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Kansas Trio Split Lip Rayfield Survives, And Thrives, In The Bruising Bluegrass Business

Marla Keown
Split Lip Rayfield is Wayne Gottstine on mandolin, Jeff Eaton on gas-tank bass and Eric Mardis on banjo.

Twenty-two years is a long time for any band, even a bluegrass band, to stay together.

Split Lip Rayfield has made it that far.

To put their career in perspective, Bill Monroe and the most famous versions of his Bluegrass Boys only made it about half that long, and not without several important line-up changes along the way.

Split Lip, a self-described “thrashgrass” trio, shows no signs of slowing down — in this case, as one of the most rapid-picking bluegrass groups ever, no signs of literally slowing down.

Even with the loss of founding member and guitarist Kirk Rundstrom to esophageal cancer a full ten years ago, the current trio of Wayne Gottstine on mandolin, Eric Mardis on banjo, and Jeff Eaton on gas-tank bass is still tearing up stages at 95 miles an hour.

If anything, they’re stronger than ever, with a new album, On My Way, their first in eight years, released this year.

“Our live show has developed to the best it’s ever been,” Gottstine says from his home in Lawrence. “I love singing with Eric and Jeff, and I think we’ve really hit our stride this year.”

This summer, the band is playing a full slate of festivals across the country, including the Black and Bluegrass Ball this Saturday at CrossroadsKC. Gottstine, who wrote nine of the eleven of songs for the new record, is clearly energized by the new material.

“We’re usually playing eight or ten songs from the new album every night,” he notes.

Those new songs expand the band’s moods considerably, with the highest highs and lowest lows the band has explored so far.

“That’s My Girl,” a rolling, contented appreciation of the best girlfriend ever, has lyrics as sweet as the happiest Motown tune. Gottstine characterizes it as “definitely a good lead-off track.”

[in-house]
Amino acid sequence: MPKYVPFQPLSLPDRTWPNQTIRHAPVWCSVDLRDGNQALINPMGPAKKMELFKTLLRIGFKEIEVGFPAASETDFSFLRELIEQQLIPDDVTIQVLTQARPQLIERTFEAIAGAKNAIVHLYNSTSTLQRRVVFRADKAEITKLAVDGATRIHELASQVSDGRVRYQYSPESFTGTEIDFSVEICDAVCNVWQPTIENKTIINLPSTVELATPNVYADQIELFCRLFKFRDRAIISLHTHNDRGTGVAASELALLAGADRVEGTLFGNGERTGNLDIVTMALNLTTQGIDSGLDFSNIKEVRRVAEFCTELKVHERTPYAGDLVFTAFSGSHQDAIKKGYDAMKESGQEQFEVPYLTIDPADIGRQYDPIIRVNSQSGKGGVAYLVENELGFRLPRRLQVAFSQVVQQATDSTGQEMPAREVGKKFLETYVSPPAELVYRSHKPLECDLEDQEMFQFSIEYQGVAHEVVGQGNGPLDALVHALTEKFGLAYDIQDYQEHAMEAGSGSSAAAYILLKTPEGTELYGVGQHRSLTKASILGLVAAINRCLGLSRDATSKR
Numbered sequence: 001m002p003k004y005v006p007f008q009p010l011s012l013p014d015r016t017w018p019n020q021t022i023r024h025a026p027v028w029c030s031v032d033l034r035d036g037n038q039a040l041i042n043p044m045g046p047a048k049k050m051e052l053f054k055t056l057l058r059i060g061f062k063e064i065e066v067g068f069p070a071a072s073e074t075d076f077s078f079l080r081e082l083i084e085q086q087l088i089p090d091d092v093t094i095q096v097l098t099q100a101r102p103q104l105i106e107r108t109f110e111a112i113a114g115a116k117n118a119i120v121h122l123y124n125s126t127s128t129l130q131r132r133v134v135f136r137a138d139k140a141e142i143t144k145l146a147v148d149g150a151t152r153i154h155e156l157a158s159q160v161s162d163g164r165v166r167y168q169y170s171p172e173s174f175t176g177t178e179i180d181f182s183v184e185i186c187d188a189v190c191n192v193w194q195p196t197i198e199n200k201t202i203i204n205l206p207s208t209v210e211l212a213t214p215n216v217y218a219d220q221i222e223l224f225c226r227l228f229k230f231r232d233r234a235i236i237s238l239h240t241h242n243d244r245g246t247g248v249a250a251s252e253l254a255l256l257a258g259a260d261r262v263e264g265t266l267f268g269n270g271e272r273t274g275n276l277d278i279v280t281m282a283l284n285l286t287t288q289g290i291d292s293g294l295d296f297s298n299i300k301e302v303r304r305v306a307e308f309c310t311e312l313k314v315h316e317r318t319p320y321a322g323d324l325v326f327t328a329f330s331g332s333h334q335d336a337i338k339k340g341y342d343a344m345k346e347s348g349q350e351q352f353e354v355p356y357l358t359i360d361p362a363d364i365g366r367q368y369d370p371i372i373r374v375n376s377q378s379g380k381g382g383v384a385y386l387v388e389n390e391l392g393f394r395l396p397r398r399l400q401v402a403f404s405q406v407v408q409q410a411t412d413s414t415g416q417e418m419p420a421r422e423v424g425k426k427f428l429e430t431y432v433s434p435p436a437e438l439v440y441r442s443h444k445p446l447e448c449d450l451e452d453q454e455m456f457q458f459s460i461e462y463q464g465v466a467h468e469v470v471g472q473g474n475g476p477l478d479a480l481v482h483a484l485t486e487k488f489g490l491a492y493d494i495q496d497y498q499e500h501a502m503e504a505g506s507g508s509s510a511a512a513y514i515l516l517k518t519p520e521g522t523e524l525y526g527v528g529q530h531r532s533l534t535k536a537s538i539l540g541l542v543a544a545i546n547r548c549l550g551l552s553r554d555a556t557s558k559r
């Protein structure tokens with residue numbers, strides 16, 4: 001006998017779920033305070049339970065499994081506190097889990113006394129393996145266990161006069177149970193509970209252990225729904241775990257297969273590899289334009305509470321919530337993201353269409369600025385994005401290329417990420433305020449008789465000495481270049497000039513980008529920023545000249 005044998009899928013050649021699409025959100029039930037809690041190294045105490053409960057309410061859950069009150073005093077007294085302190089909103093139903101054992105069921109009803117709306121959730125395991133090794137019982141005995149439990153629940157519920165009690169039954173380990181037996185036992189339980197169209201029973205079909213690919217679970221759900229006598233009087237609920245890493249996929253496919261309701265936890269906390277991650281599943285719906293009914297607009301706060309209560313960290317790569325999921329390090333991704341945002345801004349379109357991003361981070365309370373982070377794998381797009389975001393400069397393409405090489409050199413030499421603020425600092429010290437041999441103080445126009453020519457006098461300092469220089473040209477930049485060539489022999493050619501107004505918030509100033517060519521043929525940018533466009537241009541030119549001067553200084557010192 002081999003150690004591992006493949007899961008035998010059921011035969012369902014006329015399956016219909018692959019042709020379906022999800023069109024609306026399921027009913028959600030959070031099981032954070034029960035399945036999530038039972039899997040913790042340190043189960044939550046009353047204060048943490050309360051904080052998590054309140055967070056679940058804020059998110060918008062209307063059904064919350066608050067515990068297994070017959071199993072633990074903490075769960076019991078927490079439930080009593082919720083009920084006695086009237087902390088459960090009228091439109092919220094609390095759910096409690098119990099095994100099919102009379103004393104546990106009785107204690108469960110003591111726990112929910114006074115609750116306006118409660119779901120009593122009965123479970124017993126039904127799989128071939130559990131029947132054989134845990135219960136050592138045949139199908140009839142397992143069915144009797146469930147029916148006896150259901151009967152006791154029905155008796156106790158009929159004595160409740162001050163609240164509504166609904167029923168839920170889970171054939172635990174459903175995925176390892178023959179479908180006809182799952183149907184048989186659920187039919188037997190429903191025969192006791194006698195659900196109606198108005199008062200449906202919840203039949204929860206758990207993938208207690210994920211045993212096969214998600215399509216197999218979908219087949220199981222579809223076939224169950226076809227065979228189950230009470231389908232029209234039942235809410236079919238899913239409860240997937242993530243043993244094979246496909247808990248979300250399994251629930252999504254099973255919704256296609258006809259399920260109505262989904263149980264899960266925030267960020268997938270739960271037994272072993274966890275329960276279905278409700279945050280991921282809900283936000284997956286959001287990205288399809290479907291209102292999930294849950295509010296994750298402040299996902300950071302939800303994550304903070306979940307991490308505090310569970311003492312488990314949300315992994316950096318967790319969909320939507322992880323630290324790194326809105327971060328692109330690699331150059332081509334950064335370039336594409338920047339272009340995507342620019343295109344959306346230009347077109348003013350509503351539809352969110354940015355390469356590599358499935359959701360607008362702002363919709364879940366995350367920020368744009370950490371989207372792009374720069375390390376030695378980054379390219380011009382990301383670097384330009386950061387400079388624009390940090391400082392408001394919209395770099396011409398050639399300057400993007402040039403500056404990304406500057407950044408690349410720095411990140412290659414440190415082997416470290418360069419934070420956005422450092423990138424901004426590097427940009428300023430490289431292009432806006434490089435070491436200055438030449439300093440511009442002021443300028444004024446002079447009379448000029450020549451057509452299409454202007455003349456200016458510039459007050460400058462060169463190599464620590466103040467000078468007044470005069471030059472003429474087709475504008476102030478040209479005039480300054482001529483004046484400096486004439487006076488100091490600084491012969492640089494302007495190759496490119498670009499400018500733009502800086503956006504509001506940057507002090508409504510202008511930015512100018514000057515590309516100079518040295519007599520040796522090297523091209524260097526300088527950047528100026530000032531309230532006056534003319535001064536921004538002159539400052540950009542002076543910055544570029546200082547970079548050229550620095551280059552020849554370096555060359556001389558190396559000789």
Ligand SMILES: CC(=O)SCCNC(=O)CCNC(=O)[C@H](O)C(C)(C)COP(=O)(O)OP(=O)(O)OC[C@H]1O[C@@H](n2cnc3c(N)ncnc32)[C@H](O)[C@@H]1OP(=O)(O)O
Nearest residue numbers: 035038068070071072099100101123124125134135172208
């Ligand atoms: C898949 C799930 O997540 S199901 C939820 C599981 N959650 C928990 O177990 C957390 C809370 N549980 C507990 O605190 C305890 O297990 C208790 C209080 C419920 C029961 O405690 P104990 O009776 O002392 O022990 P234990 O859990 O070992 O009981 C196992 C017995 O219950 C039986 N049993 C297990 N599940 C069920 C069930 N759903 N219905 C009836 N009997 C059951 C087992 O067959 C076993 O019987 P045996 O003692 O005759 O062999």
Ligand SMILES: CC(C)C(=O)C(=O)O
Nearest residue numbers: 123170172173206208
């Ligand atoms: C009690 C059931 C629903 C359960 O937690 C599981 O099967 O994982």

“It turns out a lot of girls like that song,” he admits. “It’s fun to play and see girls smiling up at you. That never hurts.”

But Gottstine’s songs also plunge into the darkest depths, tackling subjects generally reserved for the most heartbroken realms of non-chart country music. In a song like the perfectly titled “Drunk and Sad,” a speaker quietly, firmly and with resignation, lets his girlfriend know that if she gets drunk, angry and maudlin tonight (again), he’s “just going home.”

“It absolutely is a real, heart-wrenching song,” Gottstine says with a sigh. “I’ve witnessed the effect of alcoholism on people, on relationships … it’s hard to maintain a relationship with a drinking problem in the middle of it.”

Live, those songs give the band a chance to expand their range, as well as take a breather – and limit physical injuries.

“We have to give our bass player a little bit of a rest while we’re playing live,” Gottsine says. “That one-string bass is a lot of work.”

Eaton’s instrument is made of a gas tank and a weed-whacker string.

“It’s rough on his hands,” Gottstine explains. “He plays it fantastically. Of all the people I’ve seen with a homemade instrument, he’s the master. He plays it as well as anyone plays a regular bass.”

In other songs, risk and danger come in huge slabs of truth.

“Used To Know Your Wife,” a monologue from someone meeting his ex’s new husband, captures the impossible — and comical — awkwardness of that encounter: “I used to know your wife/I’m the darkest chapter in her life.”

“In a smaller town, where the dating world is kind of complicated, when you have only so many people to draw from in the pool, you’re going to have that clash,” Gottstine says.

The song is classic Split Lip Rayfield: hard-driving, unblinking, and painful. It’s also a sing-along favorite with their crowd.

And presumably that’ll be true at the Black and Blue-Grass Ball, which features five bands from every corner of the genre, including the Jeff Austin Band – Austin is the former Yonder Mountain String Band mandolinist – and Kansas City’s Loaded Goat.

“We all carry the same instruments,” Gottstine says, “but we’ve spread out the genre quite a bit.”

“It’s a rough business,” he adds, contemplating the band’s success.

“A lot of the bands we played with fifteen or twenty years ago are no longer around. We still have a couple of friends that are still out there hustling and doing it, but they kind of fall by the wayside over the years because it is such a demanding profession. People get burned out, people start families … we’ve been able to chug right through that.”

Which makes the band lucky in more ways than one.

“At this point, we’re all pretty much unemployable,” Gottstine concedes, laughing. “I’m almost 50, so I think I’ll go ahead and stick with this for awhile.”

Black and Blue-Grass Ball, 5:30 p.m. Saturday, June 17, at Crossroads KC, 417 E. 18th St, Kansas City, Missouri, 64108.

KCUR contributor Mike Warren has written for a variety of local and national music publications, including No Depression. Follow him @MikeWarrenKC.

Mike Warren began as editorial assistant at The Pitch in Kansas City more than 20 years ago, and he's been writing about local music ever since. In addition to teaching writing at Metropolitan Community College-Maple Woods, he still writes for The Pitch and a variety of national publications, including No Depression.
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